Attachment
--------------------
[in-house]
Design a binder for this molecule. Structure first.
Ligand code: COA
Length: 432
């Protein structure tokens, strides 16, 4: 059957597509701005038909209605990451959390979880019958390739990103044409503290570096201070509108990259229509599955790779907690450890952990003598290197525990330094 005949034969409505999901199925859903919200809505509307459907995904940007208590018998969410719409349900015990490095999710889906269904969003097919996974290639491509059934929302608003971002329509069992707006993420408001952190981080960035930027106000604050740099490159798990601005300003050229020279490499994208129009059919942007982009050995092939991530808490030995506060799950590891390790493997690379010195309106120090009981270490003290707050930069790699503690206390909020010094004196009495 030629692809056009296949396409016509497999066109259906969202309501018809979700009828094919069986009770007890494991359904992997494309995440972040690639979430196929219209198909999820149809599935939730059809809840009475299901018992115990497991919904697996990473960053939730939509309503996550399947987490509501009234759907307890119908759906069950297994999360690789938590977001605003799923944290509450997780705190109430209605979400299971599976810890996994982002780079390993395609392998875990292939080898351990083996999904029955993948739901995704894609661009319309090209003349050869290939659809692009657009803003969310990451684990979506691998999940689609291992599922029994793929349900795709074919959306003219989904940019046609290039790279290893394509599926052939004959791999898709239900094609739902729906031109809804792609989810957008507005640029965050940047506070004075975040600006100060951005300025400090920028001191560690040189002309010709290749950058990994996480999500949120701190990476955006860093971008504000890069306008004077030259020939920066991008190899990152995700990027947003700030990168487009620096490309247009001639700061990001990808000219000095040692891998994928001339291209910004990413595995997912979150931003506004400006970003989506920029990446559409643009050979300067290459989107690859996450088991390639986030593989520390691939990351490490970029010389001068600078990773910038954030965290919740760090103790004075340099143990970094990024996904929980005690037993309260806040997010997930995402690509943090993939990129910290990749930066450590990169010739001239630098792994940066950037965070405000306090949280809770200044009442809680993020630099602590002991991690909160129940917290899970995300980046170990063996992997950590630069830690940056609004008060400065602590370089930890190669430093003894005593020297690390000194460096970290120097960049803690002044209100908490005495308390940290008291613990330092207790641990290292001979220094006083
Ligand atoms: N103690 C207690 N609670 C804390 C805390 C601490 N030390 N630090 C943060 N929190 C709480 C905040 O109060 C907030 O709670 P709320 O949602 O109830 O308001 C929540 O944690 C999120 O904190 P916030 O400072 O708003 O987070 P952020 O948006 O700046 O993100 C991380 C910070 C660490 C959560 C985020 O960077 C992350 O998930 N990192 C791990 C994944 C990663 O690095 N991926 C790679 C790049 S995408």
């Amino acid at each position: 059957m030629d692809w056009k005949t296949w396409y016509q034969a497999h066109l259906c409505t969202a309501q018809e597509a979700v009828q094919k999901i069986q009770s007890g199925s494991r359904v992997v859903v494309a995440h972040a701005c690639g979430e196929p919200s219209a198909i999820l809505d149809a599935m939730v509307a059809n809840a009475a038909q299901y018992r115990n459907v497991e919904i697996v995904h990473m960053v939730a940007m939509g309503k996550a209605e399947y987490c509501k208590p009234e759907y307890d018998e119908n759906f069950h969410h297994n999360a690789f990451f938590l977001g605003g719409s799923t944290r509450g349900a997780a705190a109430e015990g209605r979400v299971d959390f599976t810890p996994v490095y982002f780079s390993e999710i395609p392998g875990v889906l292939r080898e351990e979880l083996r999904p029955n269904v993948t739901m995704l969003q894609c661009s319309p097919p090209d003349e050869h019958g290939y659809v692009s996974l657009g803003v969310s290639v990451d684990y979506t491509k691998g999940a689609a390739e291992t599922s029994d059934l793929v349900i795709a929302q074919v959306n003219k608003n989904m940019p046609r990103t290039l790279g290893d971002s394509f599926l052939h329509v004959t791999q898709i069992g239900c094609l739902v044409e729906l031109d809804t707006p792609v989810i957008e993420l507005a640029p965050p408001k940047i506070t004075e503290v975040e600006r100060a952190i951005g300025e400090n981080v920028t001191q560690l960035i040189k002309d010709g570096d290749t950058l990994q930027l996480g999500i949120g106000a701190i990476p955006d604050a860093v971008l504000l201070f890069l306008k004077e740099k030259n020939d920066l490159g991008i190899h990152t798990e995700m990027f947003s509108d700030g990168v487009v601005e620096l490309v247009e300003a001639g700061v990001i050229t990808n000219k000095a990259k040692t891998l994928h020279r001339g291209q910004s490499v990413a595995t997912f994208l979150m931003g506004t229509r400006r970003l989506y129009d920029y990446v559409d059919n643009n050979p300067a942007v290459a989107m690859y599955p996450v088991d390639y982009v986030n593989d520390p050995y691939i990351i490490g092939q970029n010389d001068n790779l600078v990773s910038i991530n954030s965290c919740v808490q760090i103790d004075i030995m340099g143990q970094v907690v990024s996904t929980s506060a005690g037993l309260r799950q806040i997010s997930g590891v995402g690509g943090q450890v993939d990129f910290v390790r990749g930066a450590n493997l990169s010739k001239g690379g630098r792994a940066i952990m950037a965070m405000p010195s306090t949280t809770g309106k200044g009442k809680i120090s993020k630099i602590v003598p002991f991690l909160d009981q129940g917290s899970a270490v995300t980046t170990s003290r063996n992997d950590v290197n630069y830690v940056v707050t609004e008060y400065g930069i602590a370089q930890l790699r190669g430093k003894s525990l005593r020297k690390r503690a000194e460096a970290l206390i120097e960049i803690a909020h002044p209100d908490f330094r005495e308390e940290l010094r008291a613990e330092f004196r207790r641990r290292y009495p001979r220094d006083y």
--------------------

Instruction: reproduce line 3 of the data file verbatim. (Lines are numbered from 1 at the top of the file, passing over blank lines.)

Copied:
Ligand code: COA